Incontrovertible directorial legend of film, television, and theatre, Mike Nichols, has died at the age of 83. This was a director who had to his name an Academy Award, four Emmy Awards, nine Tony Awards, a Golden Globe and the AFI Lifetime Achievement Award in 2010, among numerous others.
The pioneering director was born in Berlin in 1931, and fled with his family to the United States at the age of seven to escape Nazi persecution. It was then and there that his father decided to change the family name, and Michael Igor Peschkowsky became ‘Mike Nichols’. He recounted once that when he came to America, he knew only two phrases in English: “I don’t speak English”, and “please don’t kiss me”. Nobody would have guessed that this young boy was set to shape the future of cinema history.
After a string of successful theatre productions, Nichols first raised eyebrows on a large scale in 1966 when he directed the deliciously controversial film adaptation of Edward Albee’s absurdist play, Who’s Afraid of Virginia Woolf?. The picture saw real life spouses Elizabeth Taylor and Richard Burton explode onto the screen in a series of menacingly scathing attacks on each other through which they ultimately destroyed any blissful preconception of married life. The film was perfect for Nichols to make his mark.
The director famously had to control the feuding marital couple both on screen and off, and the result was the revitalisation of Taylor and Burton’s careers – both of whom had wallowed in a series of critical and commercial failures for some time until then.
Nichols was rewarded with an Academy Award nomination for Best Director, and earned himself a solid reputation and the credibility for complete control over his next project. As it so happened, that next project would change everything.
When studio executives were planning a little film called The Graduate, they wanted Robert Redford for the lead, but Nichols put his foot down. He believed Redford would not be believable as someone awkward with women and wanted instead to cast an actor he had seen in an off-Broadway show named Dustin Hoffman. The small, Jewish and conventionally average-looking Hoffman signaled the beginning of a new breed of male actor in American cinema, and he turned out to be one of the film’s greatest assets. Nichols famously captured a generation in The Graduate, with its waif student lead, post-war angst and controversially casual portrayal of extramarital sex, not to mention its quirky Simon and Garfunkel soundtrack. Nichols seemed to speak out for middle-class college students and his audaciously hilarious depiction of the alienation of young Benjamin Braddock was both playful and poignant.
A brief rut followed the success of The Graduate, in which Nichols made less successful pictures such as Catch-22 (1969), Carnal Knowledge (1971), and The Fortune (1975). Despite their critical and commercial failings, however, Nichols still brought to the screen an ineffable sense of control and vision. He was a director of unique and bold taste, nobody could deny that. He returned to Broadway for the next few years and picked up a host of Tony Awards, before returning to the screen again with a near return to form with Silkwood (1983). Nichols’ own financial problems at this time were soon amended by his marriage to star TV anchor, Diane Sawyer, and then came his big comeback with the critically acclaimed and feel-good feminist ‘flick’, Working Girl (1988), with Melanie Griffiths as a downtrodden employee who triumphs over her boss, played by Sigourney Weaver. It was a beacon of hope and deep satisfaction for millions of women, and indeed men, trapped as working-class drudges against seemingly insurmountable odds.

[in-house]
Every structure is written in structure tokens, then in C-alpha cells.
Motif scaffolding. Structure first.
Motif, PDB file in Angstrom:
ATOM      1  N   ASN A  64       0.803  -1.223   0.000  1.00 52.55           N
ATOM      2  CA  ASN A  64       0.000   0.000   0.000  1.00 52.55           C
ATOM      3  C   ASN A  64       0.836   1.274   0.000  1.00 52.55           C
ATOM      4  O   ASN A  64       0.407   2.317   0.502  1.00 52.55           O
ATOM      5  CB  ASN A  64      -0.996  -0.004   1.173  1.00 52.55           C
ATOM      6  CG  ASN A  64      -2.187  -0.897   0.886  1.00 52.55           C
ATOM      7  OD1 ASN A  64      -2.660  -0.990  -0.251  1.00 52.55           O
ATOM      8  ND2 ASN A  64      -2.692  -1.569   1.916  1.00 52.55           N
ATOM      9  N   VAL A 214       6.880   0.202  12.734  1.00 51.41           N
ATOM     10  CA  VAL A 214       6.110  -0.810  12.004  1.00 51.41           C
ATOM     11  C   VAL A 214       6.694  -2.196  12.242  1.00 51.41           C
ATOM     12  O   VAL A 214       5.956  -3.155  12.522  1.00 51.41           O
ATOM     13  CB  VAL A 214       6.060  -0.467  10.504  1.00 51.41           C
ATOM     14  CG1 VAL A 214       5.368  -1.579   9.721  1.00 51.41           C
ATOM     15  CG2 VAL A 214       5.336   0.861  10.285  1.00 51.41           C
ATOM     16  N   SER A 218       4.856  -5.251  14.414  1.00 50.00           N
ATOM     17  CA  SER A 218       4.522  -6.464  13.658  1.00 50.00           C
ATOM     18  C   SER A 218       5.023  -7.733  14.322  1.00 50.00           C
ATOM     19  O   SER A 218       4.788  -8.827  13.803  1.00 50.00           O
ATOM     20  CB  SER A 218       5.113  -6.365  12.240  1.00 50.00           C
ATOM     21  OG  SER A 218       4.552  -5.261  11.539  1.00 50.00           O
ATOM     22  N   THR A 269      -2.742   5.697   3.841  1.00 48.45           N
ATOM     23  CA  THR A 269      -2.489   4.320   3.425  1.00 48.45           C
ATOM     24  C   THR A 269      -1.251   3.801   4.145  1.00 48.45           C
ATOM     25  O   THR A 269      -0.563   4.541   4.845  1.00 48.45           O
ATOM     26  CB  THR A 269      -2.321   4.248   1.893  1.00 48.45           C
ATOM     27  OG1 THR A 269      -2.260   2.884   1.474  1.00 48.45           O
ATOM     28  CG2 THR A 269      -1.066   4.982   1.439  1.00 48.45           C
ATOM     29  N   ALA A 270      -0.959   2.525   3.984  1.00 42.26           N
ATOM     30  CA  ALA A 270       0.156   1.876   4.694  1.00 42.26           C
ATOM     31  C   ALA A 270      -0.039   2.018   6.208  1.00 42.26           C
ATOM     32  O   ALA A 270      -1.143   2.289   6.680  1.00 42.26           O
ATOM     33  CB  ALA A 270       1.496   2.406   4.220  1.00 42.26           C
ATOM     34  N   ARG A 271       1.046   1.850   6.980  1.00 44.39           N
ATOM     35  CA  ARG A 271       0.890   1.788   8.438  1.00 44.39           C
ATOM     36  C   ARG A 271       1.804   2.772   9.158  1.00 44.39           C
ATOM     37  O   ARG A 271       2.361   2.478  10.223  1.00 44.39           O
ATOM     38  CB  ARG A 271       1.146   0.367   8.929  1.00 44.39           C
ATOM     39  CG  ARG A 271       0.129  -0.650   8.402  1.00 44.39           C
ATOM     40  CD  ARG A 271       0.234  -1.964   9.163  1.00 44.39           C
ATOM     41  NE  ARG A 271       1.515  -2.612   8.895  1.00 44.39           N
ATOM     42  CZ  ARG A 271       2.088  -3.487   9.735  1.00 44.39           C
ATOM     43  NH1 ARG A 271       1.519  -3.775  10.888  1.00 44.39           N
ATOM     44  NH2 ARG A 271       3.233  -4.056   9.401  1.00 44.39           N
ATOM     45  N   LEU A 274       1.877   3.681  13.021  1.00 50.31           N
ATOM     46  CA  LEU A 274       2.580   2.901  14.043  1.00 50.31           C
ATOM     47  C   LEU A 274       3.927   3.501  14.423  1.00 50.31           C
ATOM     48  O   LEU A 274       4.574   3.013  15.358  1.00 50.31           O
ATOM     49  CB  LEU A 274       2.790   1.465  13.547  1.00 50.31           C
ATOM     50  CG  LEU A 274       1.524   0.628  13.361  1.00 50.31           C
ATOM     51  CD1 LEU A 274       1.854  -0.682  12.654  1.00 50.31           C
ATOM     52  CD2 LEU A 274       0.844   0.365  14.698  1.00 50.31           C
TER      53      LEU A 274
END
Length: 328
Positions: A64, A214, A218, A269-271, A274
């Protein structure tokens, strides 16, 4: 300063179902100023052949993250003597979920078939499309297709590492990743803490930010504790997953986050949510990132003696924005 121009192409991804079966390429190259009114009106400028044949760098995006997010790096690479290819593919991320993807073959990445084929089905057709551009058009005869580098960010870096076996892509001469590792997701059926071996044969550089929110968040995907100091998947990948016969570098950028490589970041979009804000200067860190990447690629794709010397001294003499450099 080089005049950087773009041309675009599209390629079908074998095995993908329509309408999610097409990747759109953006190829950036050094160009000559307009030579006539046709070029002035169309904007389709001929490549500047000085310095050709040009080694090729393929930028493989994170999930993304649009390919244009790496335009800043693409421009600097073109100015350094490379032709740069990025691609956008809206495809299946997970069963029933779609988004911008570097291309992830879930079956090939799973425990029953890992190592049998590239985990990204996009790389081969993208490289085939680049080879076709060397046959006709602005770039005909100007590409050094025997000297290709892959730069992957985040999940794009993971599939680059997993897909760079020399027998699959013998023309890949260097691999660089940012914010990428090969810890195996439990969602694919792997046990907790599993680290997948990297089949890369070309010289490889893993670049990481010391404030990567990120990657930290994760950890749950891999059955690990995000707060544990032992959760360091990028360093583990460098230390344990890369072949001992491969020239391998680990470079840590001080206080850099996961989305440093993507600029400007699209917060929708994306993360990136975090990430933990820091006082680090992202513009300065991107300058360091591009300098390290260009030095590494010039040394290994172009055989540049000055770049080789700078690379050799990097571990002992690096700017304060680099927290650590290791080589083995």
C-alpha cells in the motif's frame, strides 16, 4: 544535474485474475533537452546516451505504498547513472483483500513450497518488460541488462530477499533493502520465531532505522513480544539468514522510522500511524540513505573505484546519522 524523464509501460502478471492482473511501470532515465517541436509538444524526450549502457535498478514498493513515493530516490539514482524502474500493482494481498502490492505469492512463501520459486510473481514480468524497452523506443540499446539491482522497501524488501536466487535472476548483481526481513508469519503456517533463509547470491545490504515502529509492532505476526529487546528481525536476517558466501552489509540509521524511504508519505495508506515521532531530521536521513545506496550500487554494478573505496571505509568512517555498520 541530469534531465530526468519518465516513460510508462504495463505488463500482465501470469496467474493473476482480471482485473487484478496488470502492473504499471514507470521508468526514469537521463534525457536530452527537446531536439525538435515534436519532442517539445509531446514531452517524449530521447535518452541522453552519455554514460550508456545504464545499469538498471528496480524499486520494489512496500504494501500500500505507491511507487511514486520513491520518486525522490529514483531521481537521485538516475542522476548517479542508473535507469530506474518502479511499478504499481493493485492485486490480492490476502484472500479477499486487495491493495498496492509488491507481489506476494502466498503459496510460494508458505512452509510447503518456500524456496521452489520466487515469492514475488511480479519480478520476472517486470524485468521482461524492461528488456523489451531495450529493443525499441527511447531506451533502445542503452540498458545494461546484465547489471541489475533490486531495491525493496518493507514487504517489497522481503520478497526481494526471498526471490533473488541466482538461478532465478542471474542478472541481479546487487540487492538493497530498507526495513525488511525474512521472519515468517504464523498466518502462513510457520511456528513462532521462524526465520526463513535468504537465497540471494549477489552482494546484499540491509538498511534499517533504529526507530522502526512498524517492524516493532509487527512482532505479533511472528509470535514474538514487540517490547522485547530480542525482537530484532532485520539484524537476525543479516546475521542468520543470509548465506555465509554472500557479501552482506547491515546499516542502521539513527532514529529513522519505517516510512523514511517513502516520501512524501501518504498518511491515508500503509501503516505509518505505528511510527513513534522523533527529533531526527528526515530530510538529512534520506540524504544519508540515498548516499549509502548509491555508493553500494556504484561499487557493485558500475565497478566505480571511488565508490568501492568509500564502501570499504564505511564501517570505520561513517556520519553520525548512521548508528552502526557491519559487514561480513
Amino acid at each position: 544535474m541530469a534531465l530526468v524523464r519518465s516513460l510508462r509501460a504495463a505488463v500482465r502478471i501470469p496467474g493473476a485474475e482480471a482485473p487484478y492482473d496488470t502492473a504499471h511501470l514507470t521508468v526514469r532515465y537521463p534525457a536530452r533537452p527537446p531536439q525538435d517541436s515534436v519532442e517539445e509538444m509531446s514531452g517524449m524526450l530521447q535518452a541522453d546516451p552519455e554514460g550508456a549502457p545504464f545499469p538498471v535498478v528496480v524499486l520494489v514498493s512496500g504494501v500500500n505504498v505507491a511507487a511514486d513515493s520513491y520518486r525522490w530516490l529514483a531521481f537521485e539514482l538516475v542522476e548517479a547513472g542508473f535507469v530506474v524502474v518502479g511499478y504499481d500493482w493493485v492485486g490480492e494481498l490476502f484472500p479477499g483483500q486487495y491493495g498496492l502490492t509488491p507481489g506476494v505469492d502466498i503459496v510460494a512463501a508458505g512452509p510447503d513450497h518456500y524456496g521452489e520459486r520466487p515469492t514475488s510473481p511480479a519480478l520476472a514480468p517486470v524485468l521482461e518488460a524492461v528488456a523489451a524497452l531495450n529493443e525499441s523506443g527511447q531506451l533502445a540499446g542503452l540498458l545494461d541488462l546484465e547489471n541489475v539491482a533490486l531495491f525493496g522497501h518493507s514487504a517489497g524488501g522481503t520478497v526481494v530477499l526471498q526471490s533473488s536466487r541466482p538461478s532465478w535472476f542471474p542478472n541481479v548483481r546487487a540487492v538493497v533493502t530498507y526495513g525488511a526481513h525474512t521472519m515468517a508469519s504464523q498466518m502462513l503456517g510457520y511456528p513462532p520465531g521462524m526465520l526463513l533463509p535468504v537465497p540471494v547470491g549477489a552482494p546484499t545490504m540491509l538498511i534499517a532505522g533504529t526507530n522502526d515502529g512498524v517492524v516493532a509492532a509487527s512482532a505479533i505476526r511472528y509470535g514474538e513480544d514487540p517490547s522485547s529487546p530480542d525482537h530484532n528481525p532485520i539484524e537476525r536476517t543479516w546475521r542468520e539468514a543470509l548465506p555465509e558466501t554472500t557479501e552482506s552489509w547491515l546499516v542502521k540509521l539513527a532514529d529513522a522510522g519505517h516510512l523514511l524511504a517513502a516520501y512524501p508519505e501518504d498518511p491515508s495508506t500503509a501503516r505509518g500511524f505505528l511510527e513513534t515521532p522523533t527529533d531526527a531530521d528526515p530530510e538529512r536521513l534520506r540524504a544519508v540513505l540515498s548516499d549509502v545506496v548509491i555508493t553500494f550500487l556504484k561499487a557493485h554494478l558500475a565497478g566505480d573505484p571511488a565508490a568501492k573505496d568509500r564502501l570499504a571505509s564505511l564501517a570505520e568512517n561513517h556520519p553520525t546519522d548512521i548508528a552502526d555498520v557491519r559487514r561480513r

The 90s saw Nichols succeed again with Postcards from the Edge (1991) starring Meryl Streep and Shirley MacLaine, and the hysterically camp The Birdcage (1996) with Robin Williams. 2003 brought Nichols his most acclaimed television success with Angels in America, adapted from Tony Kushner’s play, and is arguably responsible for the recent flux of big names and big budgets to the world of the television screen. It starred Al Pacino, Meryl Streep and Emma Thompson, as well as a multitude of other distinguished actors, and earned Nichols two Primetime Emmy Award wins. The following year, Nichols demonstrated his dual gift for the stage and screen again by adapting Patrick Marber’s Closer for the big screen, featuring Julia Roberts, Jude Law, Natalie Portman and Clive Owen. The film was noted for its merciless portrayal of relationships, harkening back to Nichols’ earlier work (such as Virginia Woolf). His cinematic swansong came in 2007 with the concretely provocative political comedy-drama, Charlie Wilson’s War, reuniting him with Julia Roberts and also starring Tom Hanks and the late great Philip Seymour Hoffman. In 2012, Nichols worked again with Philip Seymour Hoffman in both of their final Broadway endeavours in a lauded production of Arthur Miller’s Death of a Salesman. A fitting last victory for a director who was never afraid of taking risks, who worked with some of the best talent in the business, and helmed some of the most enduring and important theatrical productions and motion pictures of the last fifty years.
PHOTO/ Rossano aka Bud Care